Over all, Mr. Biden is backed by 50 percent of likely voters, the poll showed, compared with 41 percent for Mr. Trump and 3 percent divided among other candidates.
Most of all, the survey makes clear that crucial constituencies are poised to reject Mr. Trump because they cannot abide his conduct, including 56 percent of women and 53 percent of white voters with college degrees who said they had a very unfavorable impression of Mr. Trump — an extraordinary level of antipathy toward an incumbent president.
His diminished standing on economic matters and law and order is a damaging setback for the president, who for much of the general election has staked his fortunes on persuading Americans that a Biden administration will leave them impoverished and unsafe. But that argument has not managed to move the electorate in his direction.
Nor, according to the poll, have Mr. Trump’s efforts to tarnish Mr. Biden’s personal image and make him unacceptable to swing voters. Fifty-three percent of voters said they viewed Mr. Biden in somewhat or very favorable terms, compared with 43 percent who said the same of Mr. Trump.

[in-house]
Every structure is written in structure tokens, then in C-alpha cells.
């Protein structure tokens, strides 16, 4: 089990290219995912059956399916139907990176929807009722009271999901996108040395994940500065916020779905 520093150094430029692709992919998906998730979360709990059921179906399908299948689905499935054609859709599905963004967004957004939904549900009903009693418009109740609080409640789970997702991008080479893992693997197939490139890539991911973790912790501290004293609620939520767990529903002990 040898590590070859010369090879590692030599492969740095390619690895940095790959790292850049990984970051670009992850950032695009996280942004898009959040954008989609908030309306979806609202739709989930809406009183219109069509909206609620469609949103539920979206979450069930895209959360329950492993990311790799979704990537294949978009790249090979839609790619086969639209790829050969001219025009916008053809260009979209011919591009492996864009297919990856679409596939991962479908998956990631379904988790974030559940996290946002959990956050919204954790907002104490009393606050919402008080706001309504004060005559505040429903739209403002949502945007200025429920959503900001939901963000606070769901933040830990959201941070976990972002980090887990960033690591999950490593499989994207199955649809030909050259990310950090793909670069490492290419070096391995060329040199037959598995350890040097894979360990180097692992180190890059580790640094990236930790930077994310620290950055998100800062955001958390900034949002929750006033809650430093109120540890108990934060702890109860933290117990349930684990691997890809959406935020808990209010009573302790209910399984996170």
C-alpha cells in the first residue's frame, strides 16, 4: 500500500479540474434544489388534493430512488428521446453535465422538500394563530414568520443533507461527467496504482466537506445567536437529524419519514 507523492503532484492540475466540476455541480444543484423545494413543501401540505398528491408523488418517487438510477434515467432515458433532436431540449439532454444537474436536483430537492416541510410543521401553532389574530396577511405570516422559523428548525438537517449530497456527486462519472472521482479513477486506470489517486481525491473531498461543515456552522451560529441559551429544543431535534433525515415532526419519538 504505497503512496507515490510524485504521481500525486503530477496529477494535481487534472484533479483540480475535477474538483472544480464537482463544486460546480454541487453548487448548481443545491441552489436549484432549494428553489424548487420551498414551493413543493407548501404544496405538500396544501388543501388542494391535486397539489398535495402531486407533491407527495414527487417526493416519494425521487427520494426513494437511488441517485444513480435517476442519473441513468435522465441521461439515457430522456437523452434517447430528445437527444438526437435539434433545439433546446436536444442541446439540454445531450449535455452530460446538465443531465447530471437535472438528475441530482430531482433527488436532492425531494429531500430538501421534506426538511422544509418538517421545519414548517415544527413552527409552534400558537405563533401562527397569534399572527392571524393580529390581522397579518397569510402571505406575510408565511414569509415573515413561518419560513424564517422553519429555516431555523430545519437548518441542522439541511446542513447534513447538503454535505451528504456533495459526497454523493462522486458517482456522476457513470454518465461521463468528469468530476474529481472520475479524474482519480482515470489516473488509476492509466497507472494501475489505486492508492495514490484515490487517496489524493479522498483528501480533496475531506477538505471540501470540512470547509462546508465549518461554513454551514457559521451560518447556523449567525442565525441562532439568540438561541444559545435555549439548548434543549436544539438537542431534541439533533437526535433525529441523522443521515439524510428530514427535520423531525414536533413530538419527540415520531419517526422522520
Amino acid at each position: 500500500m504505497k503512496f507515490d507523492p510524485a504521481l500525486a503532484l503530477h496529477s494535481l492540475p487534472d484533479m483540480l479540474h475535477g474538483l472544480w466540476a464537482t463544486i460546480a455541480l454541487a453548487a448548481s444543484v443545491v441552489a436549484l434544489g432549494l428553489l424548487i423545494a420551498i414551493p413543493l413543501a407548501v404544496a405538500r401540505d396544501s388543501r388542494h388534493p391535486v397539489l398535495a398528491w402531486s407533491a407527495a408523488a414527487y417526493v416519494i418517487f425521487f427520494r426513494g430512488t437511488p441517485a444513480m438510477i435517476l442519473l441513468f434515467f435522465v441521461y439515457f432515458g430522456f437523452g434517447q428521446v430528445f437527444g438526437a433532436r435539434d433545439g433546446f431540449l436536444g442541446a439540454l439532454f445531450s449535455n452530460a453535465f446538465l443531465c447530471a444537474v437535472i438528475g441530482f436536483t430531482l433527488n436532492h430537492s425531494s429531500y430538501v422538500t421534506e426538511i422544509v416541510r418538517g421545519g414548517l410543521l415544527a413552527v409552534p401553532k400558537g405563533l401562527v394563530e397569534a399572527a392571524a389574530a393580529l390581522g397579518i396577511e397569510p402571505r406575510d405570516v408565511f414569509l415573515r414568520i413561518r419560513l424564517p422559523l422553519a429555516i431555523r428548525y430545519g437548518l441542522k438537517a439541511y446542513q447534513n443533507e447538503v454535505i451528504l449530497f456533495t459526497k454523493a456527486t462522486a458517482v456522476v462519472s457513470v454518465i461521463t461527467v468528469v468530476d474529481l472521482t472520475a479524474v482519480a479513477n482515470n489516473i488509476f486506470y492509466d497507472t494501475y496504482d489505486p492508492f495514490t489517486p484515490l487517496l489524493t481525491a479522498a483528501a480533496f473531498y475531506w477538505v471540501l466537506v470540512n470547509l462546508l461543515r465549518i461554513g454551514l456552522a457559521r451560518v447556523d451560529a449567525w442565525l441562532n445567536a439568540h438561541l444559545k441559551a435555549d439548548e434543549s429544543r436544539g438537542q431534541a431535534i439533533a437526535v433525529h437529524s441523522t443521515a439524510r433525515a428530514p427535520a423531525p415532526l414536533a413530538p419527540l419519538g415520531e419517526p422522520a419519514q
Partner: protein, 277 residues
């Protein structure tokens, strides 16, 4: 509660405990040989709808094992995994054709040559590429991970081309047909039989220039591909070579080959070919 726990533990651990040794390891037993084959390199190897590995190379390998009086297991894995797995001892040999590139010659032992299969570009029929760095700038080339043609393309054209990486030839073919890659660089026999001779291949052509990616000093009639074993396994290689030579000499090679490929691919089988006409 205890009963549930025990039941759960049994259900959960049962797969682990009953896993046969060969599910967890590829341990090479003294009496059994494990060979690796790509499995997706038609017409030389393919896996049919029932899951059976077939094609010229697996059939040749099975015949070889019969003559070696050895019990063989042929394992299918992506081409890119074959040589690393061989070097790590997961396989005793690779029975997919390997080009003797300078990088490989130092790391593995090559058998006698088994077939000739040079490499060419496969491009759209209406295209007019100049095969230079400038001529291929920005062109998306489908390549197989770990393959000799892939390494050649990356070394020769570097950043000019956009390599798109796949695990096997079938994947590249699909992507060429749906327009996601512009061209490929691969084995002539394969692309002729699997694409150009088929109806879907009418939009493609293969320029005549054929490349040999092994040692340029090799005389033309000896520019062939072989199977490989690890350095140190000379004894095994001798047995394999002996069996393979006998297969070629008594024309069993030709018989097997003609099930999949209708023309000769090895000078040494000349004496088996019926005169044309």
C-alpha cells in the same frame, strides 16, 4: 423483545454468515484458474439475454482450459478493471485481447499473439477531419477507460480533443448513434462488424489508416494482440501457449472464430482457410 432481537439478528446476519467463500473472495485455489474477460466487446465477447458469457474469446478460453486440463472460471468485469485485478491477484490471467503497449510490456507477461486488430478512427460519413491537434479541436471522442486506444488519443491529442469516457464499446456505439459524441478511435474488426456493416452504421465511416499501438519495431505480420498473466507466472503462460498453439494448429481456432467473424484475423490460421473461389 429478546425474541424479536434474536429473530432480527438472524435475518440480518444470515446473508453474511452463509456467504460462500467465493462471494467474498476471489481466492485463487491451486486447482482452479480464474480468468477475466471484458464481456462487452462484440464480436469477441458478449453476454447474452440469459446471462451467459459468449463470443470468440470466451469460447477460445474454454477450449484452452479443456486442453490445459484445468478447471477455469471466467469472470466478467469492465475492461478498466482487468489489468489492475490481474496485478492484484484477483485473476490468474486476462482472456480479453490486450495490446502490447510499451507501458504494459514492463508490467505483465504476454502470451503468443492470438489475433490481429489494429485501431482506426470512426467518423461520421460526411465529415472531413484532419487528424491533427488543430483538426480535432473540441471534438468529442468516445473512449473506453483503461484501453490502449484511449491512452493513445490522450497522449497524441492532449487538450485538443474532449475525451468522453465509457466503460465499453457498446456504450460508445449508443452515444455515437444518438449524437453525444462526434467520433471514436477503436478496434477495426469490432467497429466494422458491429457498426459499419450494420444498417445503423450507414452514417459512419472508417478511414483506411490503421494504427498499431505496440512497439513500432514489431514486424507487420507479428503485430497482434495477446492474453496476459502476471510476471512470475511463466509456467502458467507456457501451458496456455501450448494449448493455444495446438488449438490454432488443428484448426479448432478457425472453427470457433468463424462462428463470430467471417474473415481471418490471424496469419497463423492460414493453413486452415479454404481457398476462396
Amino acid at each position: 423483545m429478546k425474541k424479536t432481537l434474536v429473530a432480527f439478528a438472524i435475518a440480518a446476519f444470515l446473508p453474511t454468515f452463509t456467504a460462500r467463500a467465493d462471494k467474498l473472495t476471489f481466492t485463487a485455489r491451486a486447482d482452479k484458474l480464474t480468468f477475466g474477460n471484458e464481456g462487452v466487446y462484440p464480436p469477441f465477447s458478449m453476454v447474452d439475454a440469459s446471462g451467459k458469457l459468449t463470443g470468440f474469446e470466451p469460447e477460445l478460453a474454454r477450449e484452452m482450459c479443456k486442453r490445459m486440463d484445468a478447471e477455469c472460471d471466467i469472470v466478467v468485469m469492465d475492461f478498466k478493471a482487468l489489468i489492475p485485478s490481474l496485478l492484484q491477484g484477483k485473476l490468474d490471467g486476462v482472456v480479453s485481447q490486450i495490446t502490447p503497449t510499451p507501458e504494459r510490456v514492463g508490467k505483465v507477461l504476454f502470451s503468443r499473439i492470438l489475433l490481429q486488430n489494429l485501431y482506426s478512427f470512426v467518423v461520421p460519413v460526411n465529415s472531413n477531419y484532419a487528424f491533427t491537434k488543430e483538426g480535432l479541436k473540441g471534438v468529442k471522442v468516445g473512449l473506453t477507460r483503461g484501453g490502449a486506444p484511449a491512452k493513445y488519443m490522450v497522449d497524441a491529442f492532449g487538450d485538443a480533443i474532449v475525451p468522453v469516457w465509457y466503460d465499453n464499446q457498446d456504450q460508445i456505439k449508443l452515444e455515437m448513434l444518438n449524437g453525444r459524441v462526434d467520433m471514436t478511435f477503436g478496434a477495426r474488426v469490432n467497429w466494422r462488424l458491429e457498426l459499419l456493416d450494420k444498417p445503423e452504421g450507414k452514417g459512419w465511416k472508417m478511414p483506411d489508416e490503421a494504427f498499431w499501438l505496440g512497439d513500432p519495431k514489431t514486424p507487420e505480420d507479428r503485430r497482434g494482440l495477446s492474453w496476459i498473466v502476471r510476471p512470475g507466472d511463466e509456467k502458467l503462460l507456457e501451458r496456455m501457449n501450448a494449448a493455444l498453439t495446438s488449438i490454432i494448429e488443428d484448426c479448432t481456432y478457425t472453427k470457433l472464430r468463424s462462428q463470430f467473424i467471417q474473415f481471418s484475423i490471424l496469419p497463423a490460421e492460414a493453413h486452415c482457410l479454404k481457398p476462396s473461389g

A majority of voters said they saw Mr. Trump unfavorably, with 48 percent viewing him very unfavorably.
The margin of sampling error for the poll, which was conducted from Oct. 15 to 18, was 3.4 percentage points.
Part of the shift away from Mr. Trump on the economy may stem from voters’ urgent hunger for new relief spending from the federal government — which Mr. Trump has nominally endorsed but which he has not sought actively to extract from congressional Republicans.